Tutorial IEEE 1687 IJTAG | Embedded Instruments ICL PDL

There’s a saying: the more things change, the more they stay the same. Several years ago, we published one of the first tutorials on a new proposed standard for embedded instruments, IEEE P1687, perhaps better known as Internal JTAG (IJTAG). When we published a first edition of our IJTAG tutorial, there was a ‘P’ associated with ‘1687,’ because the proposed standard was still being developed and the document was considered a project draft. Hence the ‘P.’ Now that the project has secured recommendation from the IEEE-SA Standards Review Committee (RevCom), we’ve taken a major step toward removing the ‘P,’ requiring only IEEE-SA Standards Board action to be finally approved. In any event, the timing of a new and completely revised IJTAG Tutorial based on the latest changes and updates in the final draft document is opportune, to say the least.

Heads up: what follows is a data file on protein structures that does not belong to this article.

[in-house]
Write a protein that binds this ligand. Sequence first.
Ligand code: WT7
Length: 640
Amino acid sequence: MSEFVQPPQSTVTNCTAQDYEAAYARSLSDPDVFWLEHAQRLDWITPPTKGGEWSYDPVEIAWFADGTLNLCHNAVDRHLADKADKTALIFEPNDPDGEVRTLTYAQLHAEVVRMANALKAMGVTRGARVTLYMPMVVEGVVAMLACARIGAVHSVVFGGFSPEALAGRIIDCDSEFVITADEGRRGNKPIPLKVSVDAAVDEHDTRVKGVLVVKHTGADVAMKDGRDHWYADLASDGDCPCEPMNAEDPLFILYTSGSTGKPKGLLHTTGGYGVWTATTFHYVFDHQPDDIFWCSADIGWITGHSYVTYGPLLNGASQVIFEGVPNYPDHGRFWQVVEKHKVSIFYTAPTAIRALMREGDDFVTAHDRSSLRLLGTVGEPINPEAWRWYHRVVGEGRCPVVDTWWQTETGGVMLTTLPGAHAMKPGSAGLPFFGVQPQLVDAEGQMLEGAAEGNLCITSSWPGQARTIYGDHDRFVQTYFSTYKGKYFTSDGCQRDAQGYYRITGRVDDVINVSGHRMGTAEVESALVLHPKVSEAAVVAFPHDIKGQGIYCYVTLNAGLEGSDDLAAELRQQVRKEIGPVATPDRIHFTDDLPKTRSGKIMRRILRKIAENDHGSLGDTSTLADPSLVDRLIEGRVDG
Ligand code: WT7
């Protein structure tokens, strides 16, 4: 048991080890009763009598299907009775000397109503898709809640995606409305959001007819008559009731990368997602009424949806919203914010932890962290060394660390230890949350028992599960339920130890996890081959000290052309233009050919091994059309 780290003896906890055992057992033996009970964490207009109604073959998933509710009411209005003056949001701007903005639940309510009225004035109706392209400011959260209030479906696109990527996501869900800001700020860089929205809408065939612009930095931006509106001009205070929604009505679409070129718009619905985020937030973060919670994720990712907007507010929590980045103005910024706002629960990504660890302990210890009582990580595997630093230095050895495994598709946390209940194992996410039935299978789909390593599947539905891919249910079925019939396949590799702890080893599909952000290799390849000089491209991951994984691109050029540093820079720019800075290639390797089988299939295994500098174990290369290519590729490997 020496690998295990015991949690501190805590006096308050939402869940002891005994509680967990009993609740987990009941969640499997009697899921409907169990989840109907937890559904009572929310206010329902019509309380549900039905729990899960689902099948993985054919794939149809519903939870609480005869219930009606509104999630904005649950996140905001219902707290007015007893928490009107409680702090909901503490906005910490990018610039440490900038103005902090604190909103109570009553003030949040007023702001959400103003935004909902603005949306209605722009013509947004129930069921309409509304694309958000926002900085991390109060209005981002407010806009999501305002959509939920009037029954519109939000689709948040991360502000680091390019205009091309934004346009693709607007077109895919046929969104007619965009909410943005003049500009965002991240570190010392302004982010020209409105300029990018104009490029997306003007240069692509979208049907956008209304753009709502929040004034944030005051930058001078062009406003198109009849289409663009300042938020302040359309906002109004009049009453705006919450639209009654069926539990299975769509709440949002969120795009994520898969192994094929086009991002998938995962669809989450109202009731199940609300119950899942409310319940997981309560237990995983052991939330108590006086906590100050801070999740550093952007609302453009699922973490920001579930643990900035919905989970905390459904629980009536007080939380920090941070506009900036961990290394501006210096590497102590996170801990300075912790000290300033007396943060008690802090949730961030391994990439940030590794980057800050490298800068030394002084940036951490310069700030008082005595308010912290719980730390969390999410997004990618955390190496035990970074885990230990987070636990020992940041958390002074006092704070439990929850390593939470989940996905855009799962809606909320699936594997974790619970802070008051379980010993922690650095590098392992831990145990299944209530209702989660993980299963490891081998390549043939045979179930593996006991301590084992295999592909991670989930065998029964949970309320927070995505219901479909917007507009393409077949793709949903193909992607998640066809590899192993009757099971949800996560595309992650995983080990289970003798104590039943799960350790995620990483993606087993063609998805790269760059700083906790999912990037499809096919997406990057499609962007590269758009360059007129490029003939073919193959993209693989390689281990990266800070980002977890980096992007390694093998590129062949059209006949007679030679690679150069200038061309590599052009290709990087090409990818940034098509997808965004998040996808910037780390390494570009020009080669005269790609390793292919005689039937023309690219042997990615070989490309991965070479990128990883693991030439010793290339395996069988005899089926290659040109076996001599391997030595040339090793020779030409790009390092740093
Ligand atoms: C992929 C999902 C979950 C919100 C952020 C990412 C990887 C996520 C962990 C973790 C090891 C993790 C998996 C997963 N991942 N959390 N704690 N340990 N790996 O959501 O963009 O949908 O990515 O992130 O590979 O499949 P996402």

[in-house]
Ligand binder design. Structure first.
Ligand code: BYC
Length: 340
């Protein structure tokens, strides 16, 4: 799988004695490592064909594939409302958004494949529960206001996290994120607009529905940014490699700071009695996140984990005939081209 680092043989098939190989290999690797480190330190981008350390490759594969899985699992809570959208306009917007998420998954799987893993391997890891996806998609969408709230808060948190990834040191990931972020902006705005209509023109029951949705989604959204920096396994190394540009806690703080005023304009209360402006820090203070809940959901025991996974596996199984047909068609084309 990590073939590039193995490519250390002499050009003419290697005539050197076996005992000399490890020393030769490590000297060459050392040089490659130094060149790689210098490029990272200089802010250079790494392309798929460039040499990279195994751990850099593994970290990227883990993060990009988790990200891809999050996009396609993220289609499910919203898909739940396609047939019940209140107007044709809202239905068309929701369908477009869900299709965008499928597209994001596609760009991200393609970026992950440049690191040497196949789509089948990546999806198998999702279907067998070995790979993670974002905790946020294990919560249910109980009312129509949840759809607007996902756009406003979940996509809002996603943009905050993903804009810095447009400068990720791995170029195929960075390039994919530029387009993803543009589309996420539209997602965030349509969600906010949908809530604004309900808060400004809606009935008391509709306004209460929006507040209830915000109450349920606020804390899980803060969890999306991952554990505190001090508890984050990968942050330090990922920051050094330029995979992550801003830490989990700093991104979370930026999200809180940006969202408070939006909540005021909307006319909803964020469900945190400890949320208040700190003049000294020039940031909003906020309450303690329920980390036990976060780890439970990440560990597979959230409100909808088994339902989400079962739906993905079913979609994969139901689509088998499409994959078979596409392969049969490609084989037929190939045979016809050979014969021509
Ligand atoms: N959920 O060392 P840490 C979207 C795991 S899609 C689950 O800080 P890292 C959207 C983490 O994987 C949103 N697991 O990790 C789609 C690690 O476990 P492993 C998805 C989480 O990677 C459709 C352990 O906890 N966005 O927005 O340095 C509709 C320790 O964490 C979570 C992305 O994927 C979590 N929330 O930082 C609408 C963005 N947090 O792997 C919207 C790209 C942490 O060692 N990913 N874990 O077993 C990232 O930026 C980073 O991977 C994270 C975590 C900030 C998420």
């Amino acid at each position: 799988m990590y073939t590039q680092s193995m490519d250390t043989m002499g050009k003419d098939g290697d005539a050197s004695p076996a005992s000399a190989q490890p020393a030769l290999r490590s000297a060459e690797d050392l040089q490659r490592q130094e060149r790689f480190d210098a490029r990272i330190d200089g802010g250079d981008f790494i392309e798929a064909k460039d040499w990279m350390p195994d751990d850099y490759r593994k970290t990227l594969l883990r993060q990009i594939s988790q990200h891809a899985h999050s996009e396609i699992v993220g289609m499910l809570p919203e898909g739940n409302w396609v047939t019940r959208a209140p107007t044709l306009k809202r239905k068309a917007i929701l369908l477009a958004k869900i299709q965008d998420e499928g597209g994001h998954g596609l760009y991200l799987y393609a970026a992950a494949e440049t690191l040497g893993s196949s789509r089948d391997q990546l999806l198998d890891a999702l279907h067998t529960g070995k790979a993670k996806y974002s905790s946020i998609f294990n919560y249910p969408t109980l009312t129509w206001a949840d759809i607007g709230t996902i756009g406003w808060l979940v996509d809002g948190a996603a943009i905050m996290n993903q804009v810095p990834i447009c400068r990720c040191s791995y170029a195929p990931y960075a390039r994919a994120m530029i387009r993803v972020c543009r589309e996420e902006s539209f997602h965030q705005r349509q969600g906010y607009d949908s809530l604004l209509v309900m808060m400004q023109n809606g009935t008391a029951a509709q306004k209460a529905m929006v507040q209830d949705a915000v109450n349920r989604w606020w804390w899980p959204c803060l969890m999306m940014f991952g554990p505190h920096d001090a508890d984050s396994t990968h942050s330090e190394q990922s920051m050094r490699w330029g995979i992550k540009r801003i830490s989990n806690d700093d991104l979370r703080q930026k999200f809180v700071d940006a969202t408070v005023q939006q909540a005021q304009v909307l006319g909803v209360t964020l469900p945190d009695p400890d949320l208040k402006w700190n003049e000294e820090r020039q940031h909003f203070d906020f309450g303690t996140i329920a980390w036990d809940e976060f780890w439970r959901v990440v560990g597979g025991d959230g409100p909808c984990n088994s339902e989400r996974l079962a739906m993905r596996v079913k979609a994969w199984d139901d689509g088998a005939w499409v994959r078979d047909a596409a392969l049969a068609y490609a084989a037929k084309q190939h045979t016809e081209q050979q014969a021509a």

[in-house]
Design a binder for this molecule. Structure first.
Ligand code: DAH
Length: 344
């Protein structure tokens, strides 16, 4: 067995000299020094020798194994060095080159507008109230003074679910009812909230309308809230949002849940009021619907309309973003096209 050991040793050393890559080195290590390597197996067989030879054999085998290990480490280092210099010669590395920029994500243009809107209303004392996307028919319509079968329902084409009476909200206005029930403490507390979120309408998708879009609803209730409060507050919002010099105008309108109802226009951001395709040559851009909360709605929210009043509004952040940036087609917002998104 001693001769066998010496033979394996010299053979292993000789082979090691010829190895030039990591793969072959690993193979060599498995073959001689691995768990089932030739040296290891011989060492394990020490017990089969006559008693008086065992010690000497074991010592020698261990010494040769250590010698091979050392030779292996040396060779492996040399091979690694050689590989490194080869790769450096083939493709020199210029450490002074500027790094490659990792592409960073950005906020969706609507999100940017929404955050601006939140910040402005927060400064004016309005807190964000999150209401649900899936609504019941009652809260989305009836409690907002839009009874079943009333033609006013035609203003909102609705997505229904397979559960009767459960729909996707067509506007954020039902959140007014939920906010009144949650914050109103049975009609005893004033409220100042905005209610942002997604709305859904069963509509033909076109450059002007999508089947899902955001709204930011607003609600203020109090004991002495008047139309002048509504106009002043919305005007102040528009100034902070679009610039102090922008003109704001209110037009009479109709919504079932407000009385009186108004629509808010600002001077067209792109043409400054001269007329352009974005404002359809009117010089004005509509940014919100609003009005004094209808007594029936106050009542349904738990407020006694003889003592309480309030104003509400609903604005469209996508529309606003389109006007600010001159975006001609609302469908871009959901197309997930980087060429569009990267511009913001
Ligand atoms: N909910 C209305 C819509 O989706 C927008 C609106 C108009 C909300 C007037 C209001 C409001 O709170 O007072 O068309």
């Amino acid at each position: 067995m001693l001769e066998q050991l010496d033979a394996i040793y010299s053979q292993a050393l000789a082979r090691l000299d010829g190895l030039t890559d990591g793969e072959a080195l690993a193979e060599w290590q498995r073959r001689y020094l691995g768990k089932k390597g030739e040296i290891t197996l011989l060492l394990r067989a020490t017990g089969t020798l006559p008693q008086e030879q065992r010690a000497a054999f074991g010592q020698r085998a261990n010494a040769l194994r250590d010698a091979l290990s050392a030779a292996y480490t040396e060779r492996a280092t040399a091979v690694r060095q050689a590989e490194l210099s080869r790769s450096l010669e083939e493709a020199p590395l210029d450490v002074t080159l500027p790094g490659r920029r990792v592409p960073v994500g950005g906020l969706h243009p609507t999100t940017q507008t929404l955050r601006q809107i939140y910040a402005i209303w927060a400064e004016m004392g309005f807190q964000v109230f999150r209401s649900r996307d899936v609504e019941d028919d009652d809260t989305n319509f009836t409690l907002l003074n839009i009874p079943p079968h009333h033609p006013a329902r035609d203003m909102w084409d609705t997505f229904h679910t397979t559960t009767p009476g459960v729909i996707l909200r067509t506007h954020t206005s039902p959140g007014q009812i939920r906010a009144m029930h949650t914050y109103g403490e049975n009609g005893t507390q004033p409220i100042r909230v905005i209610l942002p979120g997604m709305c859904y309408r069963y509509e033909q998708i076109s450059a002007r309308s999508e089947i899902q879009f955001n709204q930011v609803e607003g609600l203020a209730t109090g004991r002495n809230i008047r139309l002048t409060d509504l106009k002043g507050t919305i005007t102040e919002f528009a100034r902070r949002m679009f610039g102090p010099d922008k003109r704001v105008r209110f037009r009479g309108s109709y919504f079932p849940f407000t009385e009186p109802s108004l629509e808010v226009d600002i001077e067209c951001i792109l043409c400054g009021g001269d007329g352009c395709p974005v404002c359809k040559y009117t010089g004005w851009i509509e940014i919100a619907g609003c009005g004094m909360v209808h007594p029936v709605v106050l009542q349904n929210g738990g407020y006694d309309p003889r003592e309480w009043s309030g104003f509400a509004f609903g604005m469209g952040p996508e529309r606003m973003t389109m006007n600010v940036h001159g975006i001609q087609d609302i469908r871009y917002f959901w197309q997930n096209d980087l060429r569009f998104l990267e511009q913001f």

You might be wondering what has changed in the proposed standard over the last few years since we published our first tutorial and how have those changes affected the second edition of the tutorial. In general, the objectives that were defined when development of IJTAG began have not changed a bit, but several hardware updates such as Local Reset and embedded TAPs have been expanded and documentation aspects, that include the two languages, Instrument Connectivity Language (ICL) and Procedure Description Language (PDL), have been fine-tuned. In addition, some of the terminology that the document uses to refer to certain concepts has been altered somewhat. (For example, ‘gateway’ has been changed to ‘separable interface.’) As the new edition of the tutorial states, the goal of IJTAG is still to specify “an efficient management methodology for embedded instruments and enable instrument portability and re-use from one integrated circuit design to another.”

Overall though, the third edition of our IJTAG Tutorial has been greatly expanded to incorporate much more detail on how certain IJTAG functions work inside chips and on circuit boards. The tutorial now approaches 45 pages and includes almost 20 drawings, illustrations and tables of data. It is a must-read for those who are just starting to learn about IJTAG and for those who want more details on the soon-to-be-approved IEEE 1687 standard. Download the IJTAG Tutorial here.

Al Crouch